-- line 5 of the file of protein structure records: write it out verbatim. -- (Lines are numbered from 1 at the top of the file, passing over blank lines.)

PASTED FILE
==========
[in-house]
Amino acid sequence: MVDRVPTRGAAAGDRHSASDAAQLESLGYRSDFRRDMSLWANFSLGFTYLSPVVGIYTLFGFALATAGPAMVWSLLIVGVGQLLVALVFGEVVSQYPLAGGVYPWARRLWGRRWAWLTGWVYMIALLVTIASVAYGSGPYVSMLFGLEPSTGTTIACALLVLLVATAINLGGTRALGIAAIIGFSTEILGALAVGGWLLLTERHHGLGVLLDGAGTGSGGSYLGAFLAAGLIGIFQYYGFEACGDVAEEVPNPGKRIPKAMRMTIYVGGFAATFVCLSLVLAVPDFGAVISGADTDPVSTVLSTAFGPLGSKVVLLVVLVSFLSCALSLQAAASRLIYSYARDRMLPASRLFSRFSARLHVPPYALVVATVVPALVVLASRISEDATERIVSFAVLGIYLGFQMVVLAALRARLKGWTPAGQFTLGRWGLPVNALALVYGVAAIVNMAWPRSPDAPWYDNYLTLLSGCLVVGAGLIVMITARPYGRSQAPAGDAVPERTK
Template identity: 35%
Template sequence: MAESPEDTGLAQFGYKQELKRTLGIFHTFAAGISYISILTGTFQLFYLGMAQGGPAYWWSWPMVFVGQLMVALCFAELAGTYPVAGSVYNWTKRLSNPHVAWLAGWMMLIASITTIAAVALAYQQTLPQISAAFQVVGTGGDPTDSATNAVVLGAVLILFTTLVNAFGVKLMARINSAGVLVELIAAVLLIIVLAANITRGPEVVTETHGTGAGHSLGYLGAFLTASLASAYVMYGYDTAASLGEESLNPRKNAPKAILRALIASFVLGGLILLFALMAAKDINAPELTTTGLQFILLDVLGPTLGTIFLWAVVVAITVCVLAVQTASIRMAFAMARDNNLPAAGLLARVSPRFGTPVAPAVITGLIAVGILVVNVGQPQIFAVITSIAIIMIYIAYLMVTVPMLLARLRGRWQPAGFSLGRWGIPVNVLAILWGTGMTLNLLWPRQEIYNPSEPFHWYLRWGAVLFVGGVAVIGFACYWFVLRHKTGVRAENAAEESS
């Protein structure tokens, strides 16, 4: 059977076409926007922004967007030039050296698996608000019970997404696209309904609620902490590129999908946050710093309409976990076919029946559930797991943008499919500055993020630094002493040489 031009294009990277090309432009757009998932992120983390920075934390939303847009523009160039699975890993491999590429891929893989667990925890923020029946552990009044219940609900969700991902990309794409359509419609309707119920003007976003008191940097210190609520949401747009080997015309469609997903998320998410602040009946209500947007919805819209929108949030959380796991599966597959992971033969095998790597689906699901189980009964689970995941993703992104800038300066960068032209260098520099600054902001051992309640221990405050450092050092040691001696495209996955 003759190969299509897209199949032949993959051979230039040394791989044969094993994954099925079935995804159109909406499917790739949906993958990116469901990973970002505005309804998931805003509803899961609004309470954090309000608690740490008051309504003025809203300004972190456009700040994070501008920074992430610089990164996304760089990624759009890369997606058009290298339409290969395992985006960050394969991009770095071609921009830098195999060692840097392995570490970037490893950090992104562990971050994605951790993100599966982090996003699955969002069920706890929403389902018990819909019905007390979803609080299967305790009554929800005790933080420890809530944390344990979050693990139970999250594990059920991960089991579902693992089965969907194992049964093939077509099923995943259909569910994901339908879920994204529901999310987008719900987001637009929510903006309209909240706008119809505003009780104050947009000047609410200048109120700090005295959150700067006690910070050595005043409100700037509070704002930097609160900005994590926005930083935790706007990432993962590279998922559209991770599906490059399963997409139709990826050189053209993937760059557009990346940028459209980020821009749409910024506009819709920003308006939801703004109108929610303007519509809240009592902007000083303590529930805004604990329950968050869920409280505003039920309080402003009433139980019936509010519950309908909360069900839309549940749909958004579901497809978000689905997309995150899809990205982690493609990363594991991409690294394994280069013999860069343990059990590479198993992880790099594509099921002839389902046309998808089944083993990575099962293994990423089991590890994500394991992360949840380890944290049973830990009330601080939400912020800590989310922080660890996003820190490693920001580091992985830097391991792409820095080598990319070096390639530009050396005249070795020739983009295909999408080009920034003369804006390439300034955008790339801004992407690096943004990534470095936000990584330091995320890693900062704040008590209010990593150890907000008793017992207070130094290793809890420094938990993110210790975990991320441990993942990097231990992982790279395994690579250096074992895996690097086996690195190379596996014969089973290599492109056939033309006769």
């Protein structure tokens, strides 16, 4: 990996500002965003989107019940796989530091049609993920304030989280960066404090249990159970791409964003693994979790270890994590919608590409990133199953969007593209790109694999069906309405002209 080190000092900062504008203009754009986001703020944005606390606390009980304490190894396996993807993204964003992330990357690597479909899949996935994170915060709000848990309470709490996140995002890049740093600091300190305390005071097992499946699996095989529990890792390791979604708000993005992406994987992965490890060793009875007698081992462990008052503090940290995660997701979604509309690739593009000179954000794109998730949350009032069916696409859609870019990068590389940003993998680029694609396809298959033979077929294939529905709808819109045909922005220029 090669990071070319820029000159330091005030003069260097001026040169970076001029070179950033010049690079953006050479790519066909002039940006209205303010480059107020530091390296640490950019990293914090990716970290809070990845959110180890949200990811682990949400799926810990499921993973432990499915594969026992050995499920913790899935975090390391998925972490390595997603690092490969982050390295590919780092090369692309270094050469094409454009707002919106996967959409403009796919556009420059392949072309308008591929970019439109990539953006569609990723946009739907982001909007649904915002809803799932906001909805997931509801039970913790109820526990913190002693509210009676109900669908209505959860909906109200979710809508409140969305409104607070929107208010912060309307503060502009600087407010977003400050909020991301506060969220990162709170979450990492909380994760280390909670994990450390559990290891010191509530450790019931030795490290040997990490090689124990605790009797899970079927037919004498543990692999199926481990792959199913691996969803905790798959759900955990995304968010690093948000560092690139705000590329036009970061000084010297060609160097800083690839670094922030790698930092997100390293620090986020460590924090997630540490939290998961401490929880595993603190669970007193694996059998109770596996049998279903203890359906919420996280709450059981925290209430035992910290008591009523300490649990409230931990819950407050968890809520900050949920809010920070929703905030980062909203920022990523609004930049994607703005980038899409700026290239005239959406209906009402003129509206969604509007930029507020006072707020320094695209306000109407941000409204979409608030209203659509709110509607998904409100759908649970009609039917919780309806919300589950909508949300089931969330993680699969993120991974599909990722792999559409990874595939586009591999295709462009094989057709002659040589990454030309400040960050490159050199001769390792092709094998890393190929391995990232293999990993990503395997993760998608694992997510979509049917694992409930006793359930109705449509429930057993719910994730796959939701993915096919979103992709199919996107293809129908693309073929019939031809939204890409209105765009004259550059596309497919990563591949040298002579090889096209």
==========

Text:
């Protein structure tokens, strides 16, 4: 059977076409926007922004967007030039050296698996608000019970997404696209309904609620902490590129999908946050710093309409976990076919029946559930797991943008499919500055993020630094002493040489 031009294009990277090309432009757009998932992120983390920075934390939303847009523009160039699975890993491999590429891929893989667990925890923020029946552990009044219940609900969700991902990309794409359509419609309707119920003007976003008191940097210190609520949401747009080997015309469609997903998320998410602040009946209500947007919805819209929108949030959380796991599966597959992971033969095998790597689906699901189980009964689970995941993703992104800038300066960068032209260098520099600054902001051992309640221990405050450092050092040691001696495209996955 003759190969299509897209199949032949993959051979230039040394791989044969094993994954099925079935995804159109909406499917790739949906993958990116469901990973970002505005309804998931805003509803899961609004309470954090309000608690740490008051309504003025809203300004972190456009700040994070501008920074992430610089990164996304760089990624759009890369997606058009290298339409290969395992985006960050394969991009770095071609921009830098195999060692840097392995570490970037490893950090992104562990971050994605951790993100599966982090996003699955969002069920706890929403389902018990819909019905007390979803609080299967305790009554929800005790933080420890809530944390344990979050693990139970999250594990059920991960089991579902693992089965969907194992049964093939077509099923995943259909569910994901339908879920994204529901999310987008719900987001637009929510903006309209909240706008119809505003009780104050947009000047609410200048109120700090005295959150700067006690910070050595005043409100700037509070704002930097609160900005994590926005930083935790706007990432993962590279998922559209991770599906490059399963997409139709990826050189053209993937760059557009990346940028459209980020821009749409910024506009819709920003308006939801703004109108929610303007519509809240009592902007000083303590529930805004604990329950968050869920409280505003039920309080402003009433139980019936509010519950309908909360069900839309549940749909958004579901497809978000689905997309995150899809990205982690493609990363594991991409690294394994280069013999860069343990059990590479198993992880790099594509099921002839389902046309998808089944083993990575099962293994990423089991590890994500394991992360949840380890944290049973830990009330601080939400912020800590989310922080660890996003820190490693920001580091992985830097391991792409820095080598990319070096390639530009050396005249070795020739983009295909999408080009920034003369804006390439300034955008790339801004992407690096943004990534470095936000990584330091995320890693900062704040008590209010990593150890907000008793017992207070130094290793809890420094938990993110210790975990991320441990993942990097231990992982790279395994690579250096074992895996690097086996690195190379596996014969089973290599492109056939033309006769």